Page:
A) Scott Sullivan
B) Guillermo Mota
C) Brad Lidge
D) Salomon Torres

Yesterday's Answer: Xavier Nady. Leave it to the Mets fans to nail this one.

Tuesday, July 10, 2007

? No. 6: Skipping the minors entirely

The list of major league players who skipped the minors entirely is short. There are plenty of Hall of Famers, from Koufax and Killebrew to Sisler and Yount. There are a few highly touted prep stars who went on to mediocre careers, like Pete Incaviglia, Moe Drabowsky, and Darren Dreifort. Plus a few who went on to relatively distinguished careers, like Bob Horner and John Olerud. There's one notable black player who went straight from the Negro Leagues to the big leagues — Ernie Banks. And there's even a one-handed pitcher — Jim Abbott.

But today's trivia question doesn't involve any of them. I want to know who the most recent player is to have skipped the minors. Here's a few clues. He was originally drafted in 1997 by the Cardinals in the fourth round, but opted to attend the University of California instead. After slugging .729 in college, he was taken in the second round of the 2000 draft by the Padres. Here's where the loophole comes into play: This player signed a major league contract, and played one game in the majors — in which he singled and scored a run in his lone plate appearance — before going to the minors for a few seasons. (So, he's only on this list due to a technicality.) In the minors, he was the Padres 2001 minor league player of the year. Since his rookie campaign in 2003, he's played for the Padres, Mets, and Pirates, primarily manning the outfield. He currently has 56 career home runs. Who is he?

Yesterday's Answer: A two-time All-Star with a career postseason ERA of 2.47, two World Series rings, 287 career wins, and 3,701 career strikeouts — Bert Blyleven. Bert allowed 96 home runs combined during the 1986 and '87 seasons. Granted that was in over 538 innings pitched and toward the end of his career. Throughout the first two-thirds of his career, he never allowed more than 24 homers in a season. The Metrodome was not so kind to him.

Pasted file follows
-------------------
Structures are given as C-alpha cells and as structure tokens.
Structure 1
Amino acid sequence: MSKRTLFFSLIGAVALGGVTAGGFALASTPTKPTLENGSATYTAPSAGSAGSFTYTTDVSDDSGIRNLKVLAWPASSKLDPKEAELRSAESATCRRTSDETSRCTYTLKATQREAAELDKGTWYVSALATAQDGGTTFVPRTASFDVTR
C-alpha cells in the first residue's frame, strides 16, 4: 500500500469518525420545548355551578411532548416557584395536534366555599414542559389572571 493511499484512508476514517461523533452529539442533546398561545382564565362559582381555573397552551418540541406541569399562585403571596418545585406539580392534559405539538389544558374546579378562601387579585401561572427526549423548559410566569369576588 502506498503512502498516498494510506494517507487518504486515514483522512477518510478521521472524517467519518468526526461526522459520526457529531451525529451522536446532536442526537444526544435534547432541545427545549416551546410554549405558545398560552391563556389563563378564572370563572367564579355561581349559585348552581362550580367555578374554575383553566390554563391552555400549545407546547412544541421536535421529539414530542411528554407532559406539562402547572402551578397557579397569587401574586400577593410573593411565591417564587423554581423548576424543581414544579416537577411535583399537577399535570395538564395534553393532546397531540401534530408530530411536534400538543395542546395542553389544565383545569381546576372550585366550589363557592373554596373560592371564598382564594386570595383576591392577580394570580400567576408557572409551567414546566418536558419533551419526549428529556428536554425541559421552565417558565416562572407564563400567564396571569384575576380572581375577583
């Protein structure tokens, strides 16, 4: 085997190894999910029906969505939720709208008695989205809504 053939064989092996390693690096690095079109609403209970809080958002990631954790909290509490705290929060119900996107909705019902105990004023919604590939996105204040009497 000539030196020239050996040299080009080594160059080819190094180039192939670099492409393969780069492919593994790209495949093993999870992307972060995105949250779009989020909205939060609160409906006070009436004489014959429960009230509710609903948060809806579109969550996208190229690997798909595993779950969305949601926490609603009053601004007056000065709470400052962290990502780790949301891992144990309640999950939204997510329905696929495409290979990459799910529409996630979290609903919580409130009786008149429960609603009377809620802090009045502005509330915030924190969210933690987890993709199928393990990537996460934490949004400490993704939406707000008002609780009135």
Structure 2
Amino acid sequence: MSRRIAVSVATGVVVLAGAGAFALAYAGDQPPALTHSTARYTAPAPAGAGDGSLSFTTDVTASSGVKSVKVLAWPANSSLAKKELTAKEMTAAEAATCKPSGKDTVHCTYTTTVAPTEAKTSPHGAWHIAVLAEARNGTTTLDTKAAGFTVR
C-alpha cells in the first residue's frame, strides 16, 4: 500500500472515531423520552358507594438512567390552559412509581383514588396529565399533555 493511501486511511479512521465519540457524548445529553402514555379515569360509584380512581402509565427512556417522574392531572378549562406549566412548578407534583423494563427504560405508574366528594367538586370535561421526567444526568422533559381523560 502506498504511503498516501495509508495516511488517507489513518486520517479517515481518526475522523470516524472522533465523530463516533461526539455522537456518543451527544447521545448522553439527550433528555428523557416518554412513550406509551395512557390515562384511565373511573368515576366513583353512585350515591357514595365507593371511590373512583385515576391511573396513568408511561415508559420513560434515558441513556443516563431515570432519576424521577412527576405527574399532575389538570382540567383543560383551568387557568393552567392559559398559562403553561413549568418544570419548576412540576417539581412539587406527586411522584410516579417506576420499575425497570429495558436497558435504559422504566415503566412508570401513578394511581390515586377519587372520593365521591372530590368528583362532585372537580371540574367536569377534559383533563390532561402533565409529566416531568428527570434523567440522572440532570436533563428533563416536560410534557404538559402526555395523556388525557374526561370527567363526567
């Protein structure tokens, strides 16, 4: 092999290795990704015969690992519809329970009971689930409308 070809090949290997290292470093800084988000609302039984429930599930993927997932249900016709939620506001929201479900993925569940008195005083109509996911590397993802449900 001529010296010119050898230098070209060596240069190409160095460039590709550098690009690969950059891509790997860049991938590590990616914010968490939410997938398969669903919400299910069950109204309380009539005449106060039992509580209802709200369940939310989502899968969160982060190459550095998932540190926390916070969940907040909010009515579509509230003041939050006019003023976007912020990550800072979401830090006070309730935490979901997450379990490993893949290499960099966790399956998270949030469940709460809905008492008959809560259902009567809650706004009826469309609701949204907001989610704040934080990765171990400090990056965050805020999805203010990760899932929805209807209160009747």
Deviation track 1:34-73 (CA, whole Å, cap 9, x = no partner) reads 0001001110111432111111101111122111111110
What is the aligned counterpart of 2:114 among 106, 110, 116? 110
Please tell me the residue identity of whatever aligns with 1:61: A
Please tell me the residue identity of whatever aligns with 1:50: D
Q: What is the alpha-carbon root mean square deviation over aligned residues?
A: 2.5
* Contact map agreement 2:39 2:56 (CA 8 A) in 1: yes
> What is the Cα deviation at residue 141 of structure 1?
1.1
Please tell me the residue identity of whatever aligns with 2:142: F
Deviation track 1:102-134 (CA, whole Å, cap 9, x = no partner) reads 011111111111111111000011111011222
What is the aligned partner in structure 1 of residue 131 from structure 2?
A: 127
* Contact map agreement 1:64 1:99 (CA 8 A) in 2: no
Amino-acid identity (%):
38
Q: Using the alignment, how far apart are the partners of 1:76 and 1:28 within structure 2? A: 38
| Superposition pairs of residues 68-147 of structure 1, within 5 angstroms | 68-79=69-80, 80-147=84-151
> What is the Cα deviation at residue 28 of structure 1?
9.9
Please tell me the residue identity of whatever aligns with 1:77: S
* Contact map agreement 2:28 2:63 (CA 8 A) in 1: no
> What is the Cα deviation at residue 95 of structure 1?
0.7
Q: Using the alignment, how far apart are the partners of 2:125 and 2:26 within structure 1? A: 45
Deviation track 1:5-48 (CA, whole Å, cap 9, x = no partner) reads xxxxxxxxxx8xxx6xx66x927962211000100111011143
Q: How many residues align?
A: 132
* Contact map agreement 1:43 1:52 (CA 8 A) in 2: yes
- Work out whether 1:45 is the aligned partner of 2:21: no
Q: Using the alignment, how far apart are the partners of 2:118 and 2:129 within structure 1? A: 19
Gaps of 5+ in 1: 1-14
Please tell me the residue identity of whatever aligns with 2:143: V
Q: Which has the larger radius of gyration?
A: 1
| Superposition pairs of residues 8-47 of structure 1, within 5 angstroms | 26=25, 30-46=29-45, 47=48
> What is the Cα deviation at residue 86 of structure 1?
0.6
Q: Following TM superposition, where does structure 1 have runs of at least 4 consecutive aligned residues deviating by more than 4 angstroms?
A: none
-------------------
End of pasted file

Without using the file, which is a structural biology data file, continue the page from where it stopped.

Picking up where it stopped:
Sunday, July 8, 2007

? No. 5: Trade happy

All this talk of the White Sox trading Mark Buehrle has my interest peaked, mostly because the Cardinals are one of the discussed suitors. That's been long rumored, as Buehrle has openly discussed his desire to play in St. Louis, having grown up a Cardinals fan. A big part of me wants him; he's having a very solid year and would give me one reason to get excited to watch the Redbirds once every five games. (I need all the reasons I can get. This team is hard to watch.) But a bigger part of me wants him to go to a big-spending team like the Red Sox, eat up 50-some million dollars of their payroll over the next four years, and trend downward. In that scenario, the Cardinals become sellers — not buyers — this July and actually attempt to lure some cheap, decent talent to the Lou. Anyone remember the last veteran, "proven winner" lefty the Cards traded for? Mark Mulder. And who did we give up to get him? Dan Haren. Ouch.

Which brings me to today's question. Name this starting pitcher: He was first traded in June of 1976 from the Twins to the Rangers. The following winter the Rangers dealt him in a four-team trade that has to be one of the most massive deals in MLB history — at least from a personnel standpoint. In a ten-person trade, the Rangers shipped him to the Pirates. In 1980 he was then traded to the Indians, who traded him five seasons later back to the Twins to complete the circle. Finally, in 1988, he was traded to the Angles. Final clue: he's given up more home runs, 50, in a single season than any other starter.

Yesterday's Answer: The seven active players who have hit more home runs than Gary Sheffield's 475 are Barry Bonds (751), Sammy Sosa (602), Ken Griffey Jr. (586), Frank Thomas (501), Alex Rodriguez (493), Manny Ramirez (481), and the most difficult one to figure out, Jim Thome (485). Of those guys, the only player in addition to Sheffield to have never won a home run crown is Thomas.